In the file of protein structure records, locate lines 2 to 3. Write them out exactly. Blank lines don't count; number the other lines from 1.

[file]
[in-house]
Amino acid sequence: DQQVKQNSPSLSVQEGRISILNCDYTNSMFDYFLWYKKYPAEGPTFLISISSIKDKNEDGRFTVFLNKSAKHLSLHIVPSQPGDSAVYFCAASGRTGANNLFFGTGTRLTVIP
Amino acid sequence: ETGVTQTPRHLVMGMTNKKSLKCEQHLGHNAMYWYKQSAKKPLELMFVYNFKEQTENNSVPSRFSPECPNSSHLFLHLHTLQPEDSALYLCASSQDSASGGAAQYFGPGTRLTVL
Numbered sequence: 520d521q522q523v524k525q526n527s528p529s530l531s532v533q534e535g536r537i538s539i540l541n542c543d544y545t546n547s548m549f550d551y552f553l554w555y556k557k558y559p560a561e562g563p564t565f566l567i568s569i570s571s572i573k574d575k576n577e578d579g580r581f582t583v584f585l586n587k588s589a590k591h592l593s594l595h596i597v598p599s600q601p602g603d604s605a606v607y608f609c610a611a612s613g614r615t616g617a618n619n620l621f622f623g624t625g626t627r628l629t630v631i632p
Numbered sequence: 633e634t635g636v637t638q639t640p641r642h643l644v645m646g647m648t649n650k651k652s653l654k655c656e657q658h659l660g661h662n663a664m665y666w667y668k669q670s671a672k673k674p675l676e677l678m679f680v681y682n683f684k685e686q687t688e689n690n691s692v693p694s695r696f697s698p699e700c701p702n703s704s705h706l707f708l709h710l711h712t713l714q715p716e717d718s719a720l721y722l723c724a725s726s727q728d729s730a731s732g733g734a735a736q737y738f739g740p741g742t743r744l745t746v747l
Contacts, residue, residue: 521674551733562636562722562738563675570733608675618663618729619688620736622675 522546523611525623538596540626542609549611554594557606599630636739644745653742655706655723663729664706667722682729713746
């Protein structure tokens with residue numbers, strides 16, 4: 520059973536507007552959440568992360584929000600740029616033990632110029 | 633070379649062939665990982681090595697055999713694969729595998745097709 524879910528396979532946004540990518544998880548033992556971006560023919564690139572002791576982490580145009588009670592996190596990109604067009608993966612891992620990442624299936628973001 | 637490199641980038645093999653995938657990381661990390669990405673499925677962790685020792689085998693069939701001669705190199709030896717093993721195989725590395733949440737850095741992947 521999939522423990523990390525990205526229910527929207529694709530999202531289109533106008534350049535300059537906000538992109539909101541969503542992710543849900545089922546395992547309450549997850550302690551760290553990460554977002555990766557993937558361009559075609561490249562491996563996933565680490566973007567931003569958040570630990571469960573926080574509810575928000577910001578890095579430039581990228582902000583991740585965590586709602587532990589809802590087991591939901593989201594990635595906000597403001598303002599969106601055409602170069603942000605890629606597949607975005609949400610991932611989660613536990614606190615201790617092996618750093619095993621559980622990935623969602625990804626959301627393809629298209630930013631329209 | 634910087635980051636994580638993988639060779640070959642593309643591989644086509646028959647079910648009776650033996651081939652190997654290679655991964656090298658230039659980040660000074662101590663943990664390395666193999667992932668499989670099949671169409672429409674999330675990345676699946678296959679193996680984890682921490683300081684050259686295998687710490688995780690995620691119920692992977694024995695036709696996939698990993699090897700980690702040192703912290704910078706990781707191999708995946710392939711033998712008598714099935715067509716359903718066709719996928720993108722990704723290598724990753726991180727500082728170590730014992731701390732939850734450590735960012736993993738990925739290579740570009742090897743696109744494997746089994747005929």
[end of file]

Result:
Amino acid sequence: DQQVKQNSPSLSVQEGRISILNCDYTNSMFDYFLWYKKYPAEGPTFLISISSIKDKNEDGRFTVFLNKSAKHLSLHIVPSQPGDSAVYFCAASGRTGANNLFFGTGTRLTVIP
Amino acid sequence: ETGVTQTPRHLVMGMTNKKSLKCEQHLGHNAMYWYKQSAKKPLELMFVYNFKEQTENNSVPSRFSPECPNSSHLFLHLHTLQPEDSALYLCASSQDSASGGAAQYFGPGTRLTVL